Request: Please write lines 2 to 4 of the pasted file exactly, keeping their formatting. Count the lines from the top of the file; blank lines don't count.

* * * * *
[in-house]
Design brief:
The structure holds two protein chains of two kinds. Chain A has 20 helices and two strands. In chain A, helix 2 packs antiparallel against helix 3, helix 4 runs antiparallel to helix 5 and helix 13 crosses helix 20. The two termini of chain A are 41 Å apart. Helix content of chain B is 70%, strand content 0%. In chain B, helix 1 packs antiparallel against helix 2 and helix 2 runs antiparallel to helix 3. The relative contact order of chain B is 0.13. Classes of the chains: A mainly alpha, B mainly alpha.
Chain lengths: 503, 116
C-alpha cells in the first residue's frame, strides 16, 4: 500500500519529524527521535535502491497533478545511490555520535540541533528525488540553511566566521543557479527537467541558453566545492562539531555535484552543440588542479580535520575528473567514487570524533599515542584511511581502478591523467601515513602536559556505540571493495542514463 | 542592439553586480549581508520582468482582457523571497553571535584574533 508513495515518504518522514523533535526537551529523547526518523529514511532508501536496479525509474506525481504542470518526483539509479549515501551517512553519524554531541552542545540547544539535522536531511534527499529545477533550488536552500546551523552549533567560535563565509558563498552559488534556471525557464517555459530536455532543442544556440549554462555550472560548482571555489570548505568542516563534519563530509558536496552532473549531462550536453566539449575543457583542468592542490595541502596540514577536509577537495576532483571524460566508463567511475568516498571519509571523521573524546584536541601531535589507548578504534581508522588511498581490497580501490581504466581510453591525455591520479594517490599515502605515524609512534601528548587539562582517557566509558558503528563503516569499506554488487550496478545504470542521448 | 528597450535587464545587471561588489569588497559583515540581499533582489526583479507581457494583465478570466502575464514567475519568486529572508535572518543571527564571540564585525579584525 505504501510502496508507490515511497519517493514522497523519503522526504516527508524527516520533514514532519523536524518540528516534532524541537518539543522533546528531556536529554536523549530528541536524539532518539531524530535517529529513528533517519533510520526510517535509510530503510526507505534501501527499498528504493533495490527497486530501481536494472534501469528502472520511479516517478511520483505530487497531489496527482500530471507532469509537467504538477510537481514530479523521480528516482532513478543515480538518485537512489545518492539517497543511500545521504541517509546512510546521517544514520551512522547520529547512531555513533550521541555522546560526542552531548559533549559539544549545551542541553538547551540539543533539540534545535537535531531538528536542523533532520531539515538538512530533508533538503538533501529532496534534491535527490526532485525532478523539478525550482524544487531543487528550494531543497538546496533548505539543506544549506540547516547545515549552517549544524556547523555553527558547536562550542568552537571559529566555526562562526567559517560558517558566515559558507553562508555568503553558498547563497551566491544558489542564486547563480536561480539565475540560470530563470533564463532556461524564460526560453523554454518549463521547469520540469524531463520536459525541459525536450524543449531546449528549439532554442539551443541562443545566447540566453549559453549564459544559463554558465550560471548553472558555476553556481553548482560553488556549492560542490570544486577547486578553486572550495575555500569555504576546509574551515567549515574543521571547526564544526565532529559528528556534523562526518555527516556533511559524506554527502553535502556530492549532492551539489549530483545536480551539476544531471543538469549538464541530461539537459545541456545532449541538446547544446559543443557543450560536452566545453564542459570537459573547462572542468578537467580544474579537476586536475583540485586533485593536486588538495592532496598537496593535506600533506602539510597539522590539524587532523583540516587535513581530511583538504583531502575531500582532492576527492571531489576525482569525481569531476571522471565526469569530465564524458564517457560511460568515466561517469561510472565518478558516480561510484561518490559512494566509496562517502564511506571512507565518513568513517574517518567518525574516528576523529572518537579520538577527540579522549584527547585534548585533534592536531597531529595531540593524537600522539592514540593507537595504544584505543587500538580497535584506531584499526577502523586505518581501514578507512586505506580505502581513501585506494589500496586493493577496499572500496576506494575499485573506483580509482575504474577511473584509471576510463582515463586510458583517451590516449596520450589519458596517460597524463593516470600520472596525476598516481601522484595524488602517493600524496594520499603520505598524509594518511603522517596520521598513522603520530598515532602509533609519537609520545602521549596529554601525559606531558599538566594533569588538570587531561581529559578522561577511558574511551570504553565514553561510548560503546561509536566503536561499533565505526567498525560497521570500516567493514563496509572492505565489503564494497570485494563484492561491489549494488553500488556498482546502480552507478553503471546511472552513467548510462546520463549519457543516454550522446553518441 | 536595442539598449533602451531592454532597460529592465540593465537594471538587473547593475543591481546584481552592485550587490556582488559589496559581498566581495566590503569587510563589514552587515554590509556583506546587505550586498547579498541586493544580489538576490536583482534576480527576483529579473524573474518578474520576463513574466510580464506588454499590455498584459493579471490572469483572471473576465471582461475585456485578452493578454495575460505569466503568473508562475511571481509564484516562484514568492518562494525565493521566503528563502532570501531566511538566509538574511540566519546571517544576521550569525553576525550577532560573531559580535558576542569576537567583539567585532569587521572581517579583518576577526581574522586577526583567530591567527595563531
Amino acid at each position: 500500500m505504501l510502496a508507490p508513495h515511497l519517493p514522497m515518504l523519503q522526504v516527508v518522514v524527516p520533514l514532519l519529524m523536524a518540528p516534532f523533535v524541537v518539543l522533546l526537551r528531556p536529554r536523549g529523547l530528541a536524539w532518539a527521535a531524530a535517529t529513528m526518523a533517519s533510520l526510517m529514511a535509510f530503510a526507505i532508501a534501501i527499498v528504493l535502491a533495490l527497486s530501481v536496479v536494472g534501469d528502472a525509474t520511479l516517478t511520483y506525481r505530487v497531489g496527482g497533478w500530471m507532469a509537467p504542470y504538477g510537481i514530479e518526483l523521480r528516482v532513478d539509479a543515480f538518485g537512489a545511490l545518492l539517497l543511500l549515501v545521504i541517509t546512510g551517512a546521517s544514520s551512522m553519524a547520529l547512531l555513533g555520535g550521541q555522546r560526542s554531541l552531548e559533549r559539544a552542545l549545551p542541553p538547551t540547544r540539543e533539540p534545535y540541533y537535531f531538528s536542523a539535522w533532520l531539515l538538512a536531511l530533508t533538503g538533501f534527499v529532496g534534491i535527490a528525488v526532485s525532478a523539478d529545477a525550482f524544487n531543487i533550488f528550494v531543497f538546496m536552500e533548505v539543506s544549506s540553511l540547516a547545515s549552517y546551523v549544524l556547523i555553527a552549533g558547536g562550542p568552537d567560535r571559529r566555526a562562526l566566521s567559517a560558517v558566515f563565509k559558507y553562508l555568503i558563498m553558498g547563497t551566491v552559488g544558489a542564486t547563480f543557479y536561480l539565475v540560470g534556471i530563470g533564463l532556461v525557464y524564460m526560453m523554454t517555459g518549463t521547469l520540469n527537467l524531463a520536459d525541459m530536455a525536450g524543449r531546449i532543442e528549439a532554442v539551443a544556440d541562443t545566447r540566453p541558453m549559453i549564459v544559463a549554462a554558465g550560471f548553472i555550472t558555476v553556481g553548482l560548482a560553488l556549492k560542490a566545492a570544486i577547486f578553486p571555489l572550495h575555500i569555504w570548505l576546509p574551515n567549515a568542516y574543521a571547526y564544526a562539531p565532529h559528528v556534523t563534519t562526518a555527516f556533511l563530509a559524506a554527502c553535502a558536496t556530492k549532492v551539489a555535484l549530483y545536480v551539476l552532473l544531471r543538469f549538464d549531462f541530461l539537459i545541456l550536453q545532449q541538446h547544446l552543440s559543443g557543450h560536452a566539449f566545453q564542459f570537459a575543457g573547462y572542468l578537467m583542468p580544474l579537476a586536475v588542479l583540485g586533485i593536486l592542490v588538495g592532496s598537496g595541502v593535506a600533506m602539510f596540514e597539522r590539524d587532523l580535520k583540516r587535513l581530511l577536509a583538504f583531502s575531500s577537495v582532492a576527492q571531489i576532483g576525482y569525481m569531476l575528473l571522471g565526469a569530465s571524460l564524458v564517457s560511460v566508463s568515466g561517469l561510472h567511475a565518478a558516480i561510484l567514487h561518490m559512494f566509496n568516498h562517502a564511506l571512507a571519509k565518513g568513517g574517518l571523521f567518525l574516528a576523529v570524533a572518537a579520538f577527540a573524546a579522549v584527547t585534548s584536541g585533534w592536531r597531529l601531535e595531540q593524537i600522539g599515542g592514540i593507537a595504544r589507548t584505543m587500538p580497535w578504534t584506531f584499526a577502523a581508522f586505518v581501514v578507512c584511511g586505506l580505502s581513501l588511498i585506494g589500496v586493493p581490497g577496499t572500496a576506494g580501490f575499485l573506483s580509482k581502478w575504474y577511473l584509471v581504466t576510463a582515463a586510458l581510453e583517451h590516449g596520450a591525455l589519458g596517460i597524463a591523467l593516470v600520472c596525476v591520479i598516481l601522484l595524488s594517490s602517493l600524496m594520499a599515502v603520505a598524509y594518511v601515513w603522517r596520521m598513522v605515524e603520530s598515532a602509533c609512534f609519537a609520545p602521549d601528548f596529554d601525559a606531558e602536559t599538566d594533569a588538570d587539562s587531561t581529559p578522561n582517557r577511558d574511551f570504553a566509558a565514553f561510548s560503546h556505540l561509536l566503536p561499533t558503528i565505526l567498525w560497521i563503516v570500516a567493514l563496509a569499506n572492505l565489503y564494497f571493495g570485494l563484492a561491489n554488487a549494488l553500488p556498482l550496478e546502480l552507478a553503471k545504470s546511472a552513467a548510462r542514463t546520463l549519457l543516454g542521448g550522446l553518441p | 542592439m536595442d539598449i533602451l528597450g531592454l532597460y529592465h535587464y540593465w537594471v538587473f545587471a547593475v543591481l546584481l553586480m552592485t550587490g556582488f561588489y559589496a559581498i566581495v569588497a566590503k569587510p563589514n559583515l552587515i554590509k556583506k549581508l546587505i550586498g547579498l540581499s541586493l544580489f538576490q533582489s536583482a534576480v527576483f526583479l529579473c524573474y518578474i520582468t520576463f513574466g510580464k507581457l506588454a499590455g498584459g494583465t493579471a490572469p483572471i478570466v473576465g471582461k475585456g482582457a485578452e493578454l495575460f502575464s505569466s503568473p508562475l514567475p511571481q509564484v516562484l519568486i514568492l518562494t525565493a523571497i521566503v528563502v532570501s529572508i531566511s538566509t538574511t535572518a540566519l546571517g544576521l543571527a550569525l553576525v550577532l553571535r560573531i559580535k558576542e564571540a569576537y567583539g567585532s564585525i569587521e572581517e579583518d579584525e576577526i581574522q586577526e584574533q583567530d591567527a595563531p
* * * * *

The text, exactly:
Design brief:
The structure holds two protein chains of two kinds. Chain A has 20 helices and two strands. In chain A, helix 2 packs antiparallel against helix 3, helix 4 runs antiparallel to helix 5 and helix 13 crosses helix 20. The two termini of chain A are 41 Å apart. Helix content of chain B is 70%, strand content 0%. In chain B, helix 1 packs antiparallel against helix 2 and helix 2 runs antiparallel to helix 3. The relative contact order of chain B is 0.13. Classes of the chains: A mainly alpha, B mainly alpha.
Chain lengths: 503, 116